Once when we were going to the place of prayer, we were met by a female slave who had a spirit by which she predicted the future. She earned a great deal of money for her owners by fortune-telling. She followed Paul and the rest of us, shouting, “These men are servants of the Most High God, who are telling you the way to be saved.” She kept this up for many days. Finally Paul became so annoyed that he turned around and said to the spirit, “In the name of Jesus Christ I command you to come out of her!” At that moment the spirit left her. Acts 16:16-18
Paul and his friend Silas are sharing the Good News in the Roman colony of Philippi, but are hindered by the interruption of the spirit-possessed slave. What she is shouting is obviously true, but it is not how God intends the message to be brought there, and Paul casts the spirit out.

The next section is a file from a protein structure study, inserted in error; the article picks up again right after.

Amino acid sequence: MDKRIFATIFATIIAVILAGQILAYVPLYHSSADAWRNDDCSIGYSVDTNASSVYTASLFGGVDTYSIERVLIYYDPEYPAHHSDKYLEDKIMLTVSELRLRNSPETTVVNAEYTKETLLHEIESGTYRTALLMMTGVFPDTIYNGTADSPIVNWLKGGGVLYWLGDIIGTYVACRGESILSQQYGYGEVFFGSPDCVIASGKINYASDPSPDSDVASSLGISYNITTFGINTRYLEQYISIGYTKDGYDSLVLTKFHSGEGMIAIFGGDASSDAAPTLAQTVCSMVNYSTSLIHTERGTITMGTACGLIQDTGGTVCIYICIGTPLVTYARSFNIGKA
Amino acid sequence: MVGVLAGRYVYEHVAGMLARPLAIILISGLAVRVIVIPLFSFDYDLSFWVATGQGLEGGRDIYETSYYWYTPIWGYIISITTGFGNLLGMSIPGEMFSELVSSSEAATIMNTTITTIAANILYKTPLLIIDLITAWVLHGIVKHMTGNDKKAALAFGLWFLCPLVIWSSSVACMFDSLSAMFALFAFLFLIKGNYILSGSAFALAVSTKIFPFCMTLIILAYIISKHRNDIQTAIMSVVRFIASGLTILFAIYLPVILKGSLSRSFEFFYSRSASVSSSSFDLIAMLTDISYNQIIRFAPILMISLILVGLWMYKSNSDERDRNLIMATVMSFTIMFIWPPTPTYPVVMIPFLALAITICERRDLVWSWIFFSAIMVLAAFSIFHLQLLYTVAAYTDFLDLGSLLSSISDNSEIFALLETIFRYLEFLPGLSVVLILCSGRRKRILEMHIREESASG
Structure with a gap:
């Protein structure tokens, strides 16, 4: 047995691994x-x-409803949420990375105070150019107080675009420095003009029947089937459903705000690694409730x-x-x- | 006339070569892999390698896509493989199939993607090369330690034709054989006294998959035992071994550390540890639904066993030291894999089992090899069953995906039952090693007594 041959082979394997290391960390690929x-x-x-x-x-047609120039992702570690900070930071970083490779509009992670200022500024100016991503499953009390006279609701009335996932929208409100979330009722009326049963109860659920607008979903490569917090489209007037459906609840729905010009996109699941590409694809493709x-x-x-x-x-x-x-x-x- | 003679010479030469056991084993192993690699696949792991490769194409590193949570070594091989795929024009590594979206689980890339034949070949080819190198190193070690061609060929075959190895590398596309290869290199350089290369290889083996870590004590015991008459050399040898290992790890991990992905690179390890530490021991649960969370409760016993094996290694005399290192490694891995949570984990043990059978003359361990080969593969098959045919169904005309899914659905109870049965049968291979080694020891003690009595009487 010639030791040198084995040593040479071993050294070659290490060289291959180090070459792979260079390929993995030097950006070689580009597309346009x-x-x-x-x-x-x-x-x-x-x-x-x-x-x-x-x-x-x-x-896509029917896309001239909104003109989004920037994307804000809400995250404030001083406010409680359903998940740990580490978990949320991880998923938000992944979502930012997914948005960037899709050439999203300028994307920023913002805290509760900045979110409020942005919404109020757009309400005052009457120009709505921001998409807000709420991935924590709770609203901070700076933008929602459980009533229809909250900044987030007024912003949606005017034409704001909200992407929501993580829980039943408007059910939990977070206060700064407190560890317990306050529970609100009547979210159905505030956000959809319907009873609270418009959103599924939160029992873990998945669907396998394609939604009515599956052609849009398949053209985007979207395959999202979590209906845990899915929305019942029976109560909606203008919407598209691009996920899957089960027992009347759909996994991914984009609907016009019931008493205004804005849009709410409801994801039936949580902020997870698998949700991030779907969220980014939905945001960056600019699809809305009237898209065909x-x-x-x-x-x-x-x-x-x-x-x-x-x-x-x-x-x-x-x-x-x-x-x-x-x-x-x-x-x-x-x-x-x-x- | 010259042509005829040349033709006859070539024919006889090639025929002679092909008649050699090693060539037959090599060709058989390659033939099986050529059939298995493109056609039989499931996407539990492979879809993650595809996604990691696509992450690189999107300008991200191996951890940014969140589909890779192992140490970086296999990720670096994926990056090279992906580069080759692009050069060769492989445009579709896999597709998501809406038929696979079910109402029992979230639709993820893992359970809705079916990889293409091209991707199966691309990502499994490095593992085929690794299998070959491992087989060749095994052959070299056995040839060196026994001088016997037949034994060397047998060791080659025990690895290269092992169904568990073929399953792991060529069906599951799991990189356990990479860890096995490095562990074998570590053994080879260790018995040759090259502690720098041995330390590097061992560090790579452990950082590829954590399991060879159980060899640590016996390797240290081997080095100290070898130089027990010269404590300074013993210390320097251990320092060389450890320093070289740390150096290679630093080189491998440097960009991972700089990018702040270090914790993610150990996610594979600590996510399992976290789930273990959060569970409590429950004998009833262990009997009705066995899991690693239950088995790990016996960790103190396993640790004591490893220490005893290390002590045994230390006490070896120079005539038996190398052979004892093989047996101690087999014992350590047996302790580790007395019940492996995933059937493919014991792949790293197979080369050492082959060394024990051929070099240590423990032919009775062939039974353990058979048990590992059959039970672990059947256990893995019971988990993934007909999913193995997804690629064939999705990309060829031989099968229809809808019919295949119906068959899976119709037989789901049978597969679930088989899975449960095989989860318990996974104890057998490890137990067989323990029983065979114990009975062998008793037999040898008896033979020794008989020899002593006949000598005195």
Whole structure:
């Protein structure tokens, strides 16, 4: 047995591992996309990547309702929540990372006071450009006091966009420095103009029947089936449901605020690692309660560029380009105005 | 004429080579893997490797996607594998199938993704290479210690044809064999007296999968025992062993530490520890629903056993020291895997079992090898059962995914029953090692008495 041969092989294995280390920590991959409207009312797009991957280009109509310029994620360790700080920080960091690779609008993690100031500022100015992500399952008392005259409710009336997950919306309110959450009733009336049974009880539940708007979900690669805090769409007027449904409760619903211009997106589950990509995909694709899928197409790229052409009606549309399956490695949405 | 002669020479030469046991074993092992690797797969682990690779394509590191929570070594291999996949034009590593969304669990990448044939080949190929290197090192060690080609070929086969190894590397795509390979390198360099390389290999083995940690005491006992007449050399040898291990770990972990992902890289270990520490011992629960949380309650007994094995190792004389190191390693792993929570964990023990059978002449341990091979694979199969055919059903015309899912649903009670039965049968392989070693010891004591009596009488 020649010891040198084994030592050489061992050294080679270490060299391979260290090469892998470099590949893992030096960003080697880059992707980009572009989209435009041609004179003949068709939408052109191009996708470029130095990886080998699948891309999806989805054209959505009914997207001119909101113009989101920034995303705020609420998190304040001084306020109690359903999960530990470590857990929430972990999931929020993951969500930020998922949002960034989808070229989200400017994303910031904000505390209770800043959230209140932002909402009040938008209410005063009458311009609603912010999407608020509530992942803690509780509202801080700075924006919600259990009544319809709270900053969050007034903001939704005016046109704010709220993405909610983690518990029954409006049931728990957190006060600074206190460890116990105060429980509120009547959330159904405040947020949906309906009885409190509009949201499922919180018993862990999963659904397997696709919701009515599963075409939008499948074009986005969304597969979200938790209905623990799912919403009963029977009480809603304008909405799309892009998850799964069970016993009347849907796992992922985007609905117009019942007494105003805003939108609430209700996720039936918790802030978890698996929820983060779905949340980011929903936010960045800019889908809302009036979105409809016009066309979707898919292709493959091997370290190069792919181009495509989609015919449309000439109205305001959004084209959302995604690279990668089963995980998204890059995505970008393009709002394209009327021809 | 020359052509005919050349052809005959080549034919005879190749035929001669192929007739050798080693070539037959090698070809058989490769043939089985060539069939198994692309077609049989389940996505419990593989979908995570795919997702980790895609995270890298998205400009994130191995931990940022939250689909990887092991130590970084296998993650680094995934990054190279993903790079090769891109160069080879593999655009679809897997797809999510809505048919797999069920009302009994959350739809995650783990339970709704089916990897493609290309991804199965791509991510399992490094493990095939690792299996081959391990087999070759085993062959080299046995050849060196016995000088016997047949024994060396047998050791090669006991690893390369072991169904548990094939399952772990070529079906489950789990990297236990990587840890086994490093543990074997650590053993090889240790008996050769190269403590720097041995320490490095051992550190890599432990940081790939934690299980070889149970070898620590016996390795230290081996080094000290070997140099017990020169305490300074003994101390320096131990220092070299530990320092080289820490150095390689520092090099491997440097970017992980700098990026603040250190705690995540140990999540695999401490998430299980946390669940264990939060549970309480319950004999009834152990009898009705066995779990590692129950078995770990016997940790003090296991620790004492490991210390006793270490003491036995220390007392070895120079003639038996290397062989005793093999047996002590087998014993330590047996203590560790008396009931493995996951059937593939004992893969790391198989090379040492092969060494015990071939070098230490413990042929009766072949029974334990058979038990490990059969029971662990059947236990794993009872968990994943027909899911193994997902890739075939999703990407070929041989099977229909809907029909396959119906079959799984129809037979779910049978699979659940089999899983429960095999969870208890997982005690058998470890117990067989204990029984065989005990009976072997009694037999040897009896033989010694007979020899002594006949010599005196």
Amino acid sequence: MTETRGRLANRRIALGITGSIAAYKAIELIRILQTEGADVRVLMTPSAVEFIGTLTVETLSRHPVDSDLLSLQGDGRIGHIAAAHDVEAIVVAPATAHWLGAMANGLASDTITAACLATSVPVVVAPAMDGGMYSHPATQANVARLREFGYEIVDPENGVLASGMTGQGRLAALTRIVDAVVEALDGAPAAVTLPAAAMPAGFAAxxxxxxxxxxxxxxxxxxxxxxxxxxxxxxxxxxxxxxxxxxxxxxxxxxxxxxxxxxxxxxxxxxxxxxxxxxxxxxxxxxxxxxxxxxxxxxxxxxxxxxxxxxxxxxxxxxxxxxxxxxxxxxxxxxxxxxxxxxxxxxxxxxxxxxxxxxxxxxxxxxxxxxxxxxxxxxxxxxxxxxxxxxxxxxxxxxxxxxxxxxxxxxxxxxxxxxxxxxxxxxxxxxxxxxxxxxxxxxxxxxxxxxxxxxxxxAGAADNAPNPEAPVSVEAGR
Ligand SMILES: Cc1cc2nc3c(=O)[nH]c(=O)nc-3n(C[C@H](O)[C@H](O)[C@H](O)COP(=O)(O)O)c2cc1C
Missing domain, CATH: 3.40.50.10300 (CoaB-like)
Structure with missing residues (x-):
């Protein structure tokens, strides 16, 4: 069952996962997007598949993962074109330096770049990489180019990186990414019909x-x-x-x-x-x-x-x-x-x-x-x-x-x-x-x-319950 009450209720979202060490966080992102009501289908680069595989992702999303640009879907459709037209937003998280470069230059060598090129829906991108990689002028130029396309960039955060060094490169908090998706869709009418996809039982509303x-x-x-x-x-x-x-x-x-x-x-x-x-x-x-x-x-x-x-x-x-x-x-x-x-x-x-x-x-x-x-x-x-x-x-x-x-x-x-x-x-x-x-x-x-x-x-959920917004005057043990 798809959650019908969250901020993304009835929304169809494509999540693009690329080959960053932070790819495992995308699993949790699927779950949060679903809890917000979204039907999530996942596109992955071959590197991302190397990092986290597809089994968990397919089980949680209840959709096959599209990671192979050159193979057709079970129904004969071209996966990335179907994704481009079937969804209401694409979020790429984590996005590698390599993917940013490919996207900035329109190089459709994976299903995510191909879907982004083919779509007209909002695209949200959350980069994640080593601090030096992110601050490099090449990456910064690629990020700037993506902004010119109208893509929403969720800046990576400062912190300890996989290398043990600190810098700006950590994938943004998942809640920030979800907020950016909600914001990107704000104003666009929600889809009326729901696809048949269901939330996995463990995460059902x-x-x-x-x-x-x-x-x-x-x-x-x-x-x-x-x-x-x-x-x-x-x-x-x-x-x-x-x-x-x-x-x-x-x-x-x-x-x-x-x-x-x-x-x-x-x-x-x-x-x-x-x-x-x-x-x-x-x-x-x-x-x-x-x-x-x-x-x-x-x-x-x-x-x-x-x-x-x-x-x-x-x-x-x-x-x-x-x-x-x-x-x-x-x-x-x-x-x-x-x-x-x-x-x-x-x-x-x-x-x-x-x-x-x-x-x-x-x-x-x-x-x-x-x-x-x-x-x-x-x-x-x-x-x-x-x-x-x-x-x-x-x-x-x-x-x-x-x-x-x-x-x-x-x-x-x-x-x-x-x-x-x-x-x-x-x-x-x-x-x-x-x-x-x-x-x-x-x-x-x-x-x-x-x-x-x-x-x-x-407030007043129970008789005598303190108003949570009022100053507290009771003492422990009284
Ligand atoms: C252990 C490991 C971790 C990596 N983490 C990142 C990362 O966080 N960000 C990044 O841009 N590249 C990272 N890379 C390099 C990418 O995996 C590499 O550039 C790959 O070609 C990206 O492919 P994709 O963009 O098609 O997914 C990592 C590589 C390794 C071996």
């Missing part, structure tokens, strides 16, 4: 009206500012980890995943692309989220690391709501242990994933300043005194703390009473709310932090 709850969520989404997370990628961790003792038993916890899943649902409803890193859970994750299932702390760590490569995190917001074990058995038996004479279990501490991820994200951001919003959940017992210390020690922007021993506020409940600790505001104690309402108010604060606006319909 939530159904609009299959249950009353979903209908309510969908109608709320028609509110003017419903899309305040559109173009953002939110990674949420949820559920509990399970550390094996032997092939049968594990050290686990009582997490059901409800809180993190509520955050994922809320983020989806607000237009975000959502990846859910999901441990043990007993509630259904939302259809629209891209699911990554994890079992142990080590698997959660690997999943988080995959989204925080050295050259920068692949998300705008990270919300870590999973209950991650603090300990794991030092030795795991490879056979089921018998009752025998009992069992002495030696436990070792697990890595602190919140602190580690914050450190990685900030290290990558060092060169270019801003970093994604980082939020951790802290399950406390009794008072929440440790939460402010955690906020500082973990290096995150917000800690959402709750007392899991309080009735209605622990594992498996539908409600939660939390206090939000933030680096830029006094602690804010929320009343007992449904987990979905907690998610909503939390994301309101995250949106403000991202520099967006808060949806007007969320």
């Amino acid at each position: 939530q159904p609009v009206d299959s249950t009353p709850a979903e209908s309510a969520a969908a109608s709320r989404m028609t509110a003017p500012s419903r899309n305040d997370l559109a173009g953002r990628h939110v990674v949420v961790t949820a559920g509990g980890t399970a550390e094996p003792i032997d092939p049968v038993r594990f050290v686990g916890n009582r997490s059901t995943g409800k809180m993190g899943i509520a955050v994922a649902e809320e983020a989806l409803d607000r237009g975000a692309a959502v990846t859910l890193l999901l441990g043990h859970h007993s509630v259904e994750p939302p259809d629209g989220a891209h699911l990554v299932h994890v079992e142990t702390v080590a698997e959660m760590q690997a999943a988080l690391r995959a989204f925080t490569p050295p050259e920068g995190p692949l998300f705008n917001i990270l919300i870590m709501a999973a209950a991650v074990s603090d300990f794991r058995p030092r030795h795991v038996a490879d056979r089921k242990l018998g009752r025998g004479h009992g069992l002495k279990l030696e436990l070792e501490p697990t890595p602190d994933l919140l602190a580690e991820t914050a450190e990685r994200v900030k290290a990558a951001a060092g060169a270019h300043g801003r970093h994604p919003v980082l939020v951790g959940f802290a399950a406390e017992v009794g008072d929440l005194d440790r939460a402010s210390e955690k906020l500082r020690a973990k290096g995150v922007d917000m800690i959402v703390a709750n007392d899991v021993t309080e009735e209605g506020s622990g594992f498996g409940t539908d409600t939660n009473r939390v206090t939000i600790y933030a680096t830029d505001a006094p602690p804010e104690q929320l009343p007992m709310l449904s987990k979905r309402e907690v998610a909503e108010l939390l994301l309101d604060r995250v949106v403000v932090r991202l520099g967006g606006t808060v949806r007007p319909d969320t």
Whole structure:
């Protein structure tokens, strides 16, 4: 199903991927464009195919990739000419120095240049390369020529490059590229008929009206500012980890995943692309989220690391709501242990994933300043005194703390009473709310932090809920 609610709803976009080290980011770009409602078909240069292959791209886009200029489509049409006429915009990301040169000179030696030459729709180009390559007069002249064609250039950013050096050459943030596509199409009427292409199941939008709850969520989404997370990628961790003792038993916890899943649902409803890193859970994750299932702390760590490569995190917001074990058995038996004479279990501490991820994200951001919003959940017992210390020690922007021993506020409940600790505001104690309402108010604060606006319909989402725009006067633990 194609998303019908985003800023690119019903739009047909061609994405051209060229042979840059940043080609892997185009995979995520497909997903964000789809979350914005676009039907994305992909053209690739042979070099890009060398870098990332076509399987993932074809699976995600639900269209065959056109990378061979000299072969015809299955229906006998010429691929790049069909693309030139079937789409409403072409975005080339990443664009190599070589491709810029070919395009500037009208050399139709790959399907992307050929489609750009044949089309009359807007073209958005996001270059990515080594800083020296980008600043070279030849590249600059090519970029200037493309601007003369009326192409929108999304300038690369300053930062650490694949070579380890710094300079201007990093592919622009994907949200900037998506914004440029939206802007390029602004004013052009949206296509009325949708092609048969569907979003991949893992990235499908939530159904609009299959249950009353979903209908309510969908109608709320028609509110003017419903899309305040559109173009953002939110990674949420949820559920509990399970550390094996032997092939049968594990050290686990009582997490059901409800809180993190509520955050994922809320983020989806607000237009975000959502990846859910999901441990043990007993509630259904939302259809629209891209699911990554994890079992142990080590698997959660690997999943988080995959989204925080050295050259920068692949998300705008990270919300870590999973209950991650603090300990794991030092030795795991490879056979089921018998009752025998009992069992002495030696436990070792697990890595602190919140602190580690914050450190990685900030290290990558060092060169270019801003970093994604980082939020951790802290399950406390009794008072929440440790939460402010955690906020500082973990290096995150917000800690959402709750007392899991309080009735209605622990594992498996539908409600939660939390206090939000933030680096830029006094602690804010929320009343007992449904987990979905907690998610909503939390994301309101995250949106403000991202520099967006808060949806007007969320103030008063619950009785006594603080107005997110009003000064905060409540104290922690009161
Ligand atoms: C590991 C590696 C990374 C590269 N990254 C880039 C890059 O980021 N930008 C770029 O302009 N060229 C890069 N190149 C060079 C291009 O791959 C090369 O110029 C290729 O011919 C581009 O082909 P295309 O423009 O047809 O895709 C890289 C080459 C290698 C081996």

We have read stories of Jesus casting out demons (Matthew 8, Mark 5, Luke 8), and now Paul as a baptized believer does the same. It is interesting to note that in all these encounters the demons recognize and testify to the truth of Christ. They are afraid because they know the final outcome will be the victory of Jesus. James 2:19 tells us “You believe that there is one God. Good! Even the demons believe that—and shudder.”
The point is that evil exists and we must never listen, even when it speaks the truth because it will eventually turn us against God! The truth of Christ must be shared by His loving followers, not by demons. That is why Jesus silenced them, and calls us away from their influence. His sacrifice for our salvation and His promise to be with us always are all the assurance we need.
Loving Lord, we have been taught by Your truth and saved by Your blood. Help us to be strong in faith and resist the evil that opposes us, bringing our brothers and sisters back into connection with You. Amen.
It’s interesting, because evil never speaks truth to honor the truth or to bring people into the light. Rather evil speaks truth to discredit or demean it. The value of received truth can be affected by its source or context.